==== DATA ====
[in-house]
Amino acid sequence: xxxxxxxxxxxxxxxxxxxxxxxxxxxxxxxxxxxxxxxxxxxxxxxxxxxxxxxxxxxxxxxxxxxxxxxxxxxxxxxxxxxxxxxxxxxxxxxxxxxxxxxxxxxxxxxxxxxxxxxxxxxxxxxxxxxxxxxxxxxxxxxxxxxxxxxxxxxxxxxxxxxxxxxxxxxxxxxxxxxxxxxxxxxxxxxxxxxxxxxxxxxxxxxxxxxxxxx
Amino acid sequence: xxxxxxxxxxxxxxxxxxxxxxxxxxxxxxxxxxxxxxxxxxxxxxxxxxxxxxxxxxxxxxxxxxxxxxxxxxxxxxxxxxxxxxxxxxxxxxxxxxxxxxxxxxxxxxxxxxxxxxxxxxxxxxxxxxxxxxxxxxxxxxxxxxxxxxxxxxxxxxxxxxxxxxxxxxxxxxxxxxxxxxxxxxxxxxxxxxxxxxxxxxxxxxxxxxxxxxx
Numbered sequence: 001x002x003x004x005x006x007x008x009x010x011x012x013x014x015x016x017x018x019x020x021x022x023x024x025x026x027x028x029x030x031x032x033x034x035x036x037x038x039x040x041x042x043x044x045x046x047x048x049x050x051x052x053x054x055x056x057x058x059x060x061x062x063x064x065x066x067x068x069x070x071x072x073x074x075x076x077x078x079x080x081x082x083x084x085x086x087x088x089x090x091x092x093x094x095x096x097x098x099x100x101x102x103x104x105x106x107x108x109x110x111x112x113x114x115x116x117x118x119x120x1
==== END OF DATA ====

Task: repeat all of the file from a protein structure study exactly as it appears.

[in-house]
Amino acid sequence: xxxxxxxxxxxxxxxxxxxxxxxxxxxxxxxxxxxxxxxxxxxxxxxxxxxxxxxxxxxxxxxxxxxxxxxxxxxxxxxxxxxxxxxxxxxxxxxxxxxxxxxxxxxxxxxxxxxxxxxxxxxxxxxxxxxxxxxxxxxxxxxxxxxxxxxxxxxxxxxxxxxxxxxxxxxxxxxxxxxxxxxxxxxxxxxxxxxxxxxxxxxxxxxxxxxxxxx
Amino acid sequence: xxxxxxxxxxxxxxxxxxxxxxxxxxxxxxxxxxxxxxxxxxxxxxxxxxxxxxxxxxxxxxxxxxxxxxxxxxxxxxxxxxxxxxxxxxxxxxxxxxxxxxxxxxxxxxxxxxxxxxxxxxxxxxxxxxxxxxxxxxxxxxxxxxxxxxxxxxxxxxxxxxxxxxxxxxxxxxxxxxxxxxxxxxxxxxxxxxxxxxxxxxxxxxxxxxxxxxx
Numbered sequence: 001x002x003x004x005x006x007x008x009x010x011x012x013x014x015x016x017x018x019x020x021x022x023x024x025x026x027x028x029x030x031x032x033x034x035x036x037x038x039x040x041x042x043x044x045x046x047x048x049x050x051x052x053x054x055x056x057x058x059x060x061x062x063x064x065x066x067x068x069x070x071x072x073x074x075x076x077x078x079x080x081x082x083x084x085x086x087x088x089x090x091x092x093x094x095x096x097x098x099x100x101x102x103x104x105x106x107x108x109x110x111x112x113x114x115x116x117x118x119x120x1